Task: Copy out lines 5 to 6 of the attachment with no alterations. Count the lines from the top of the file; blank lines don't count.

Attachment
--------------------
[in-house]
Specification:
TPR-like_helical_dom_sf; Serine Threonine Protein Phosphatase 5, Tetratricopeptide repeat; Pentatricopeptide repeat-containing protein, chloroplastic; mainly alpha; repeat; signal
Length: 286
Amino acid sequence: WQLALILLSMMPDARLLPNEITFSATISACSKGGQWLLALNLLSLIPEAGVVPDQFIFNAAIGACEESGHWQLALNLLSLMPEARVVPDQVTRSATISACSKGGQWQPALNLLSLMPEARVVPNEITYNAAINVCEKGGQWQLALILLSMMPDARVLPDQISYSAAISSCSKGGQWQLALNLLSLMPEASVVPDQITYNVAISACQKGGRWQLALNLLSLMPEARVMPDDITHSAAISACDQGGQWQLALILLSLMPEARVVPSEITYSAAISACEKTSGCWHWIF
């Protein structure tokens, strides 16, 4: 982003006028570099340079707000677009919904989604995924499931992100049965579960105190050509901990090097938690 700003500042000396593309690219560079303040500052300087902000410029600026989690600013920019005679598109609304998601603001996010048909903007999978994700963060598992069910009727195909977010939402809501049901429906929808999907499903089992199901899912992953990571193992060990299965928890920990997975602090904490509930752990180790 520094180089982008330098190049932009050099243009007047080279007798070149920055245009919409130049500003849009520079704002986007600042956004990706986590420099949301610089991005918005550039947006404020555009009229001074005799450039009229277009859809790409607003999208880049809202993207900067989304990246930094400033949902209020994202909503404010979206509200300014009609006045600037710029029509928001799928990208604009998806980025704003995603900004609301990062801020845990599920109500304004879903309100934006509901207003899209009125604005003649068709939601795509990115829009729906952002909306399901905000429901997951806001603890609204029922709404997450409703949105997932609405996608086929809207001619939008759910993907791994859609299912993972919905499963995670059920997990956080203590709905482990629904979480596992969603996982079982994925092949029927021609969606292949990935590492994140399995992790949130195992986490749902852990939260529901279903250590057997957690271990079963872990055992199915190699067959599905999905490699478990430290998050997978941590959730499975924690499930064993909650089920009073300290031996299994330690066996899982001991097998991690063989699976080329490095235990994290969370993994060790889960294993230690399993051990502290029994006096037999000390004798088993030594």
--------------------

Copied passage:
Amino acid sequence: WQLALILLSMMPDARLLPNEITFSATISACSKGGQWLLALNLLSLIPEAGVVPDQFIFNAAIGACEESGHWQLALNLLSLMPEARVVPDQVTRSATISACSKGGQWQPALNLLSLMPEARVVPNEITYNAAINVCEKGGQWQLALILLSMMPDARVLPDQISYSAAISSCSKGGQWQLALNLLSLMPEASVVPDQITYNVAISACQKGGRWQLALNLLSLMPEARVMPDDITHSAAISACDQGGQWQLALILLSLMPEARVVPSEITYSAAISACEKTSGCWHWIF
């Protein structure tokens, strides 16, 4: 982003006028570099340079707000677009919904989604995924499931992100049965579960105190050509901990090097938690 700003500042000396593309690219560079303040500052300087902000410029600026989690600013920019005679598109609304998601603001996010048909903007999978994700963060598992069910009727195909977010939402809501049901429906929808999907499903089992199901899912992953990571193992060990299965928890920990997975602090904490509930752990180790 520094180089982008330098190049932009050099243009007047080279007798070149920055245009919409130049500003849009520079704002986007600042956004990706986590420099949301610089991005918005550039947006404020555009009229001074005799450039009229277009859809790409607003999208880049809202993207900067989304990246930094400033949902209020994202909503404010979206509200300014009609006045600037710029029509928001799928990208604009998806980025704003995603900004609301990062801020845990599920109500304004879903309100934006509901207003899209009125604005003649068709939601795509990115829009729906952002909306399901905000429901997951806001603890609204029922709404997450409703949105997932609405996608086929809207001619939008759910993907791994859609299912993972919905499963995670059920997990956080203590709905482990629904979480596992969603996982079982994925092949029927021609969606292949990935590492994140399995992790949130195992986490749902852990939260529901279903250590057997957690271990079963872990055992199915190699067959599905999905490699478990430290998050997978941590959730499975924690499930064993909650089920009073300290031996299994330690066996899982001991097998991690063989699976080329490095235990994290969370993994060790889960294993230690399993051990502290029994006096037999000390004798088993030594």